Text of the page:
Google issues patch for security loophole affecting 900 mn Android devices
Sydney: Search engine Google has reportedly issued a patch to mend the security flaw detected by security firm BlueBox which made almost all Android phones vulnerable to hacking.
As revealed earlier by the security firm, Android uses the cryptographic signature as a way to check that an app or program is legitimate and to ensure it has not been tampered with, however, BlueBox found a method of tricking the way Android checks these signatures so that malicious changes to the apps go unnoticed.
According to News.com.au, Google has released a patch to original equipment manufacturers in a bid to address the bug which reportedly affected up to 900 million Android devices since the release of Android 1.6 in 2009.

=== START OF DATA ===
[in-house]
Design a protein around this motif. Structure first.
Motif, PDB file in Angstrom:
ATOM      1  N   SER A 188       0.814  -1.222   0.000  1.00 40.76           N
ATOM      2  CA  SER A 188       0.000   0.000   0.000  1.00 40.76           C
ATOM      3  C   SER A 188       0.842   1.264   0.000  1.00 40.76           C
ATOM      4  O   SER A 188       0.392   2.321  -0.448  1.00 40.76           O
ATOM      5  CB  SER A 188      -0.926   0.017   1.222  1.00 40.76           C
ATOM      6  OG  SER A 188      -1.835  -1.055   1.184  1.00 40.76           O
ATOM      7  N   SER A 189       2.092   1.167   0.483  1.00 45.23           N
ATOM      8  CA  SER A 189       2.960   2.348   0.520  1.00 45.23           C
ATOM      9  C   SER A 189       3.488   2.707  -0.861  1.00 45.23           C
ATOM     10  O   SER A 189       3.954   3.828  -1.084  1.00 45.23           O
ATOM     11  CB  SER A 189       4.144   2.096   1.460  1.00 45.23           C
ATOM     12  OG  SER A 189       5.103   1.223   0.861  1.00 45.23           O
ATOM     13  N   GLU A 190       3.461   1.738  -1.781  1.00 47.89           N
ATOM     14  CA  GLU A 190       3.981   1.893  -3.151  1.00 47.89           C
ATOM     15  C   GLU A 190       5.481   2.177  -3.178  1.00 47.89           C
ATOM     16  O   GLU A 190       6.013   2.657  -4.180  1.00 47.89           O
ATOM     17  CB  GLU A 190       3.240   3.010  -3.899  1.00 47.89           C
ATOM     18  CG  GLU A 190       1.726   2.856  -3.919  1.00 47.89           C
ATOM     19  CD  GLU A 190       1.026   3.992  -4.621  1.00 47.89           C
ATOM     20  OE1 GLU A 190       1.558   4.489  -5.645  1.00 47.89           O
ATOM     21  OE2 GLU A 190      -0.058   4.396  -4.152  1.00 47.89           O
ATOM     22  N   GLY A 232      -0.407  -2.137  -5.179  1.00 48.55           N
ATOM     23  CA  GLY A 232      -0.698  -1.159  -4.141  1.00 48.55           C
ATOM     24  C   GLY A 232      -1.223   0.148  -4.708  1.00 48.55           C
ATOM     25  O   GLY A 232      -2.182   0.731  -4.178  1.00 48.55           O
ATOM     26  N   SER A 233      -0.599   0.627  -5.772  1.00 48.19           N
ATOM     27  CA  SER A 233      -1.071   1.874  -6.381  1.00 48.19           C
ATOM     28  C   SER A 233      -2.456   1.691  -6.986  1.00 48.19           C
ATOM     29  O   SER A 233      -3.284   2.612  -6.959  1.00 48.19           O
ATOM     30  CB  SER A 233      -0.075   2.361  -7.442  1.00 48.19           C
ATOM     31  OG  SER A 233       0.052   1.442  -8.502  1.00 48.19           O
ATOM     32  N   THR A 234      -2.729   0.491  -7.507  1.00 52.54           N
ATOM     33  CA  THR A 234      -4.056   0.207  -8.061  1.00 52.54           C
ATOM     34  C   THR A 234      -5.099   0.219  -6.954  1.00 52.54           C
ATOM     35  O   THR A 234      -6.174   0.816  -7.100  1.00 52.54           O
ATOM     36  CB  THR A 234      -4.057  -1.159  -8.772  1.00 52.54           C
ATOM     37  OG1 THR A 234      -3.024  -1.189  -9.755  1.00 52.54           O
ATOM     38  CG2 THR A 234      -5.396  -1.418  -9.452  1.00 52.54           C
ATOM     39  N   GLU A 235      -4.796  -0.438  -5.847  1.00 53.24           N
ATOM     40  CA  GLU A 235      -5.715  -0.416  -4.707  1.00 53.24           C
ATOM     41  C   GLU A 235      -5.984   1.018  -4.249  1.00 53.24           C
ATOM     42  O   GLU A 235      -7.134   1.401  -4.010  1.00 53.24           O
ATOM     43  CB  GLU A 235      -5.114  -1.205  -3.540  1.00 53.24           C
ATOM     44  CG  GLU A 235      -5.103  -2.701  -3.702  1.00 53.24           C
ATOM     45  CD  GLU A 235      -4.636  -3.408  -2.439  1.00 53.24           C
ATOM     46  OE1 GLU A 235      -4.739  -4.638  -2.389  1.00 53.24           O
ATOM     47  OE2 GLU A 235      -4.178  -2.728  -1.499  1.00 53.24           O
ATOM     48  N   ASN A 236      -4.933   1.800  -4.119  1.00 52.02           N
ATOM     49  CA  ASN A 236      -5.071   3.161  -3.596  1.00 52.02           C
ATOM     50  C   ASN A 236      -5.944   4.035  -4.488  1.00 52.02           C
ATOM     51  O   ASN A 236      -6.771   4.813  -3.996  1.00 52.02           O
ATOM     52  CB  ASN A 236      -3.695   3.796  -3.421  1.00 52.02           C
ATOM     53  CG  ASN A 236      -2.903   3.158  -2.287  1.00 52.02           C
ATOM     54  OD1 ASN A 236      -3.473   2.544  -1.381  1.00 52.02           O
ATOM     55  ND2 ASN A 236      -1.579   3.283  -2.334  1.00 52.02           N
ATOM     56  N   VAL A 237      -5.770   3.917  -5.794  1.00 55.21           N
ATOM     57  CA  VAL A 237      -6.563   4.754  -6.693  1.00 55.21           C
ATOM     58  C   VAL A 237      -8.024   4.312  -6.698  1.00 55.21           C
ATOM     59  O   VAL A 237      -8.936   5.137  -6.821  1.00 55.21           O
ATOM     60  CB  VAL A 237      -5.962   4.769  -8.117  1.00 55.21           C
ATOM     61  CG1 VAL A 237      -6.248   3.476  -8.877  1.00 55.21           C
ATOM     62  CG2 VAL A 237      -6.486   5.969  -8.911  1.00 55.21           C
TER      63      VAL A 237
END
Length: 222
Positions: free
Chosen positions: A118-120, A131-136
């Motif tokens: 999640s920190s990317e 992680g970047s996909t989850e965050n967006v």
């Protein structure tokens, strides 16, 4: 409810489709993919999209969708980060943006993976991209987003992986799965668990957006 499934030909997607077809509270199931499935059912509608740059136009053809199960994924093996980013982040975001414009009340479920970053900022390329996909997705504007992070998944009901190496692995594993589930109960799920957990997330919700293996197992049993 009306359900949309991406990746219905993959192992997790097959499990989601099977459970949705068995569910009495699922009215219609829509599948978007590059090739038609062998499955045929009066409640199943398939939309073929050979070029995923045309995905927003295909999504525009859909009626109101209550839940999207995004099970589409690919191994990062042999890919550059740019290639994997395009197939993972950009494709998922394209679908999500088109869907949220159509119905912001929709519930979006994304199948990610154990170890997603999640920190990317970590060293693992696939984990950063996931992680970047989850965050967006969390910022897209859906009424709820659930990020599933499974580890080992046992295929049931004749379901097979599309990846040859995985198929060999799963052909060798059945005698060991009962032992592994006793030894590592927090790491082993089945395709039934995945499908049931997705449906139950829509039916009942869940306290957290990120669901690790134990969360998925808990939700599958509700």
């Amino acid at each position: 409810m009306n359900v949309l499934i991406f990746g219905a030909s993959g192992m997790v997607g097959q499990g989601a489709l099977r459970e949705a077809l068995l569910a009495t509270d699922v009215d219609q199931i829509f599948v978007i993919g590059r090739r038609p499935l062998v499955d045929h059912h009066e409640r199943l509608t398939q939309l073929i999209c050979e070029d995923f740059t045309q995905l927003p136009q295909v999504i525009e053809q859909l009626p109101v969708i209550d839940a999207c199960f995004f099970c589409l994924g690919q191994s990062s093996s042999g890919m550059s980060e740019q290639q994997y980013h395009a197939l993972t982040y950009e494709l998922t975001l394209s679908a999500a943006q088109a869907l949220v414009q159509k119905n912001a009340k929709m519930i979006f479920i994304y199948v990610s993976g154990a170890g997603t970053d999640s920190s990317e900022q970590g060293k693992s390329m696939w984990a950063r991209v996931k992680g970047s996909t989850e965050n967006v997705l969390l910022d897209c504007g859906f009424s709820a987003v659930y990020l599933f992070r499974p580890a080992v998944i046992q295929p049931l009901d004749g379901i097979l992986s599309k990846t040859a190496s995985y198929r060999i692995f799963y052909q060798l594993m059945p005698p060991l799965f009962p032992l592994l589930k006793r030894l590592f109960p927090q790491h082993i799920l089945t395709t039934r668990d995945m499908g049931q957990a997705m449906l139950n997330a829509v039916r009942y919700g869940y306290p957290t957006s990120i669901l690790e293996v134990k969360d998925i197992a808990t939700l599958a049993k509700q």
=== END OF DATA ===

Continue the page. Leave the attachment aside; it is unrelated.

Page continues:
Google's Android Communications Manager, Gina Scigliano said that there has not been any evidence of exploitation in Google Play or other app stores because of the loophole.
The report said that while the security hole exists, there is no indication that it has yet been exploited and Android users can manually check for system updates through the settings menu or can rely upon their hardware providers for the update.
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